When the Judge came out, I was a young Marine barely old enough to purchase a handgun. I thought it was the coolest thing ever. It’s a handheld shotgun! In reality, I was a bit disappointed with the .410 firing prowess, so it became a .45 Colt gun, but that was pretty pricey to feed. Now, more than a decade later, the Taurus Judge Home Defender has made its premiere. Taurus took the Judge and stretched it out. The 3-inch barrel is now 13 inches, and the gun comes standard with a 3-inch cylinder. Up front, the gun has a big beefy handguard.
We get something that does seem more akin to a home defense gun. The question we are asking today revolves around answering a simple question. Is the Judge Home Defender a capable home defense weapon? This isn’t a full review of the gun, but with the experience of a couple hundred rounds, I wanted to answer at least this one question. We’ll start from front to rear and inside out to answer it.
The Judge Home Defender – Sights and Lights
Up front, we have a big handguard to support the 13-inch barrel and to protect your hands from a potentially hot barrel. It’s also a great place to rest your hand to deal with the front-heavy weight of the weapon. At the end of that handguard sits an integrated Picatinny rail that allows you to mount a nice-sized weapon light. A weapon light is critical for a home defense weapon.
At the end of the barrel, you’ll notice a distinct lack of a front sight, which is fine because there isn’t a rear sight either. Instead, we have a nice long rail across the top of the gun. Mounting a red dot is your sighting solution. You aren’t limited in size when it comes to red dots. Since it’s a revolver, you can mount an Eotech XPS3 if you want to. I went smaller with a Vortex Defender-CCW.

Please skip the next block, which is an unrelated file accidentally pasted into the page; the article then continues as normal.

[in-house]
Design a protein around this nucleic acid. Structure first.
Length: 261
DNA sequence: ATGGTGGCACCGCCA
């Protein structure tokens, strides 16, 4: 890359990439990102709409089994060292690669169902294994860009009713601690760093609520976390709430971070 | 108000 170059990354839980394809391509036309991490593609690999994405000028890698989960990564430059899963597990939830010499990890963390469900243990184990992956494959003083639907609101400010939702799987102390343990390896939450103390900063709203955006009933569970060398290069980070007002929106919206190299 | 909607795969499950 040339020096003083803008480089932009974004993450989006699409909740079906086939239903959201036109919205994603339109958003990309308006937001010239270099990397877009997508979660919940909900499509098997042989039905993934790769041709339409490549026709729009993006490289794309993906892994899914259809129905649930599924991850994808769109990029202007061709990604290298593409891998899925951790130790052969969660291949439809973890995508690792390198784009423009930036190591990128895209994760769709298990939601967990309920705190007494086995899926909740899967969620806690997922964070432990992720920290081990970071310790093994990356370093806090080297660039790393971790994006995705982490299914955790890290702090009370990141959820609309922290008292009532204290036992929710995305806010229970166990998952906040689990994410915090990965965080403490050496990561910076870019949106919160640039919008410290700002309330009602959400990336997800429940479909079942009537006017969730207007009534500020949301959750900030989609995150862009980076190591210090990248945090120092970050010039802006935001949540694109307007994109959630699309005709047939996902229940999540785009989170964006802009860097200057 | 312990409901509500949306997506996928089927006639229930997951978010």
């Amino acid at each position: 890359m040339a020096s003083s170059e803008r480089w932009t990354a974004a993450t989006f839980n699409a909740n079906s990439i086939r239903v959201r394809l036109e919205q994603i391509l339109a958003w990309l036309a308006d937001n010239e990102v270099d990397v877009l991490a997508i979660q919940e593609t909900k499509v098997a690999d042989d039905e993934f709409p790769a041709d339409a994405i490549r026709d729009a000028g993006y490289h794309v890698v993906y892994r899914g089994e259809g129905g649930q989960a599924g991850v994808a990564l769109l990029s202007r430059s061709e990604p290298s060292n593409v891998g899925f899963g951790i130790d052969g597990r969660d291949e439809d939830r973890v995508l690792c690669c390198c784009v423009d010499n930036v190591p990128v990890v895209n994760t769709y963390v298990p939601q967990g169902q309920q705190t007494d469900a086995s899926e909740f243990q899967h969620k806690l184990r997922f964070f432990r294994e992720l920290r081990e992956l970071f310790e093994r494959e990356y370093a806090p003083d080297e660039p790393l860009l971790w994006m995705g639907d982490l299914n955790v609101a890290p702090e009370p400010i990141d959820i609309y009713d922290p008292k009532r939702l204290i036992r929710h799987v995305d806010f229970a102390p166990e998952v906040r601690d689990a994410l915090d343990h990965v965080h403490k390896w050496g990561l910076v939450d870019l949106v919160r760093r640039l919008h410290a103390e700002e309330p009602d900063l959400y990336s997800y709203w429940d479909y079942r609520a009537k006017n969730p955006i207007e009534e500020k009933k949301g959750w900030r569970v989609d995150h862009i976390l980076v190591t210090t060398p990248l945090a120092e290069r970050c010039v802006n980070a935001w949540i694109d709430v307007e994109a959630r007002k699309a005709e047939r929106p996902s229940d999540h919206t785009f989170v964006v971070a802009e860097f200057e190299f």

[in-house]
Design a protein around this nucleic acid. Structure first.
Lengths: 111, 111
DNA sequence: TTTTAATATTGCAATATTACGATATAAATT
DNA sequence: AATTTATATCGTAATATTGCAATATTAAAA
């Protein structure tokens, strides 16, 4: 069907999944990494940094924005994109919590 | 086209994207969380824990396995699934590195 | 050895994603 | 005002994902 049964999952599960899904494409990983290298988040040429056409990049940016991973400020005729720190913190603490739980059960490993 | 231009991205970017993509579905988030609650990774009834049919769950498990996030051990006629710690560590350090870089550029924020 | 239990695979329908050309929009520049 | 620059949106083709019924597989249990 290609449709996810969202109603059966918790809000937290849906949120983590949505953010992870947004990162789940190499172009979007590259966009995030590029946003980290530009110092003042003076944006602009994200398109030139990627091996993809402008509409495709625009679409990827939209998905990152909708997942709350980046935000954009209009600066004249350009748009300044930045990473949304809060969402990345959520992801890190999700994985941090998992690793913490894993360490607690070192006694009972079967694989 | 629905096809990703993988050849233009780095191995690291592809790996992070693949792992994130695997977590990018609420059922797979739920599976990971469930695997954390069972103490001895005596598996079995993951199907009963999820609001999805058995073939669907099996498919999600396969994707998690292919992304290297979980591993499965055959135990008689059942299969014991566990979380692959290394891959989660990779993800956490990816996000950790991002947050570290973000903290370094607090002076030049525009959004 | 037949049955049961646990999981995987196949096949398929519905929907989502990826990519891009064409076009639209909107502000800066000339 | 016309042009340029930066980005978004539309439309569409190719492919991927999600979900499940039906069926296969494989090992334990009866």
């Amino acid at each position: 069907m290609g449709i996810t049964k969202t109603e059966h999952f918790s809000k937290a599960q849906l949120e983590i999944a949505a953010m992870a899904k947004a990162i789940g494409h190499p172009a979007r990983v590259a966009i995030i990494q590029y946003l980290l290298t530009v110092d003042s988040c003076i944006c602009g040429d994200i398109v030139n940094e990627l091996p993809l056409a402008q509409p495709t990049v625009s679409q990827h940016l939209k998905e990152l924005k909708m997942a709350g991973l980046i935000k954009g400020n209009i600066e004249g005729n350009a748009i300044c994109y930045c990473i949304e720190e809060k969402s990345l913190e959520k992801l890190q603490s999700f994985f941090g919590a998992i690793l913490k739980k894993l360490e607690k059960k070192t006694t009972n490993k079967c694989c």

The Judge Home Defender is modern enough to accommodate lights and red dots. Lights are necessary for home defense, and red dots can be handy for the task. The presence of optics and lights is certainly nice for a modern home defense weapon to have, the perhaps hardest and scariest moment of your life made easier.
I don’t think it’s controversial to say that .45 Colt is a proven ‘man-stopper’, as the term goes. It’s been around for well over a hundred years and has raised hell ever since its creation. However, is five rounds of .45 Colt a better option than 17 rounds of 9mm? I don’t think so. The main benefit of this gun would come from firing .410. Specifically, buckshot loads.
When a single trigger pull can launch multiple projectiles, then you get a significant change in what trigger pull does to a target. Multiple projectiles mean multiple wound tracts and a better chance of disabling an attacker with a single shot or fewer shots. You still need to aim a Home Defender, and shotguns in general, but if you flinch or maybe throw your shot a hair, that sin is covered by the spread of a shotshell.
With that in mind, how does .410 buckshot perform in the gun? Sadly, it’s tough to find .410 buckshot. I guess hunting season ate it up. Remington makes a great 3-inch load, but I couldn’t get my hands on it. I tried Winchester Super X in 2.5 and 3-inch varieties. The rounds patterned wide, but at 15 yards they all remained well within the Q of an FBI Q target. These loads will penetrate deep enough to matter.
Next, I tried the Hornady Triple Defense. It paks a .41 caliber slug and two .35 caliber buckshot balls. This was the best patterning load. In the past, this round has suffered from poor penetration from a standard Judge with a three-inch barrel. However, the 13-inch barrel allows it to reach proper velocities and dig into with more than adequate penetration.
With .45 Colt, I produced a fifty-cent-sized group at 25 yards, so for a longer range, it’s an option. I will still defer to the preference of buckshot.
Yay or Neigh For Home Defense
Is the Judge Home Defender capable of being a useful home defense tool? Yes. It will stop a threat firing effective HD rounds. What does it offer compared to all the other options? Well, it is very small and very easy to control. It can be fired one-handed if necessary but also fires buckshot versus a single pistol round. It’s a bit more akin to a scaled down Shockwave than a pistol. You don’t have to pump it like a Bantam/Youth 500 in the same chambering.
It’s a niche tool, but even a niche tool can be an effective tool. If you want something that can handle like a handgun than shotgun but launch multiple projectiles per trigger pull, the Judge Home Defender might be for you. Plus, admittedly, it’s a lot of fun to shoot!